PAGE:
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You have eyes but you cannot CSS!



I find it interesting that, even (especially?) when our work focuses on careful planning or a disciplined approach to problem-solving, many of us miss things in other areas we would not miss at work. (That’s being a bit generous, as even there we sometimes do things which are not optimal – such as compressing planning or testing windows - usually due to cost constraints, deadlines, or resource limitations. At least in those cases, we KNOW what we’re doing, and why, and can ensure that everything is documented and that the risks are clearly understood)


When I talked about setting up a LAMP stack (https://www.til-technology.com/post/fiat-lamp), I was thinking that the next step would be to start writing some “hello, world” (https://www.til-technology.com/post/hello-world) programs and start playing around with PHP. Not necessarily a bad approach, but then I started thinking about how hard it is to understand a programming language when you try to build something which is trivial (how many coders have built versions of tic-tac-toe, I wonder?), contrived (Oh! Let’s build yet another fake inventory app for a fake widget manufacturer!), or simply uninteresting to the one doing the work.


That said, I don’t want to take the time to design and build a full-featured application with all the bells and whistles – at least not now.


So, what’s something that could be (at least somewhat) useful in practice, while simple enough to build without a lot more experience and/or time?


Hm...


What about a tool for project management?


Could be interesting, I guess, and I HAVE been thinking about writing about project management concepts... Maybe a combination of several things?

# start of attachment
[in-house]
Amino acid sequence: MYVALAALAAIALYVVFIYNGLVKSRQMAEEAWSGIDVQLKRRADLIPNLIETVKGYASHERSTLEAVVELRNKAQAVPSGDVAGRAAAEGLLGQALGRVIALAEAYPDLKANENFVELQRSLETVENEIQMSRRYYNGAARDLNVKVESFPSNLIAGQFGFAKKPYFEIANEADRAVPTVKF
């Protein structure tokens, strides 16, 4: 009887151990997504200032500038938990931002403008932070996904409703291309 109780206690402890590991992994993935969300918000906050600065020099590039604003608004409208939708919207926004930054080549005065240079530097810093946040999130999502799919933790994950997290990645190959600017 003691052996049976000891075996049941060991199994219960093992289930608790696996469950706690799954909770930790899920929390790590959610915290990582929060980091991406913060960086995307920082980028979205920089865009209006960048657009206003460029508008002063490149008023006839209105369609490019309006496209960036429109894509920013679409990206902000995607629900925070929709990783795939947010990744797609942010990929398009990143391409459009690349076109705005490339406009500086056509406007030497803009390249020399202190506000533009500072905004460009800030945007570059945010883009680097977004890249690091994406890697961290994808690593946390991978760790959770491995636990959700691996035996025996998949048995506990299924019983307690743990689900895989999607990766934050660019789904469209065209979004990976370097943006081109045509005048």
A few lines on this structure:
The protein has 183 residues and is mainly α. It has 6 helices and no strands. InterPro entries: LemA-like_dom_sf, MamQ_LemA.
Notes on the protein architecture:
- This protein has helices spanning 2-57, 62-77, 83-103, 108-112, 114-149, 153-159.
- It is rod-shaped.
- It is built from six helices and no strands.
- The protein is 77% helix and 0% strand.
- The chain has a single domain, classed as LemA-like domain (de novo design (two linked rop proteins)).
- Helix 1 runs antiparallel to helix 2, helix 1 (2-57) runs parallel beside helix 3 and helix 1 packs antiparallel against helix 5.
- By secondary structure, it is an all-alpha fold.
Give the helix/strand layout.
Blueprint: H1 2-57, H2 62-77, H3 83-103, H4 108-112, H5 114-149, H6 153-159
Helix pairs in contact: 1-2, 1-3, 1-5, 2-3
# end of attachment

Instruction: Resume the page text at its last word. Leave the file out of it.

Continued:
How about a stream-of-consciousness approach to designing and building an app, and how to manage it? Interesting...


How about planning, designing, and building a project management tool to describe project management concepts? And then using that tool for the actual management of the project, as it is being built?

How meta is THAT? Especially on a blog where I blog about my experiences learning how to blog?

Brilliant!

So, what now? What’s the easiest useful app I could build for myself, that I could build on and get some actual value out of?

Well, to start with, probably best to lay out a bit of what I am talking about. I’ll keep things relatively high-level and simple, and simply enjoy the consternation of those who cringe at the over-simplifications and glossing-over of whole fields of study within management.

According to the Project Management Institute (PMI), a project is defined as “a temporary endeavor undertaken to create a unique product, service or result” (https://www.pmi.org/about/learn-about-pmi/what-is-project-management). Ignoring the American spelling and missing Oxford comma (https://en.wikipedia.org/wiki/Serial_comma), defining a project as temporary draws a distinction between project management and operational management.


In theory (https://www.northeastern.edu/graduate/blog/project-management-vs-operations-management/), a project team (led by a project manager) would build a product or service, then hand it off to an operational team (led by an operations manager).


In practice, all of this is dependent on the situation. For a construction project, sure, but most teams I’ve worked with in the Information Technology field have had very blurry lines between projects and operations. Often, the same teams are involved with both, so it can be quite challenging to figure out how to manage things.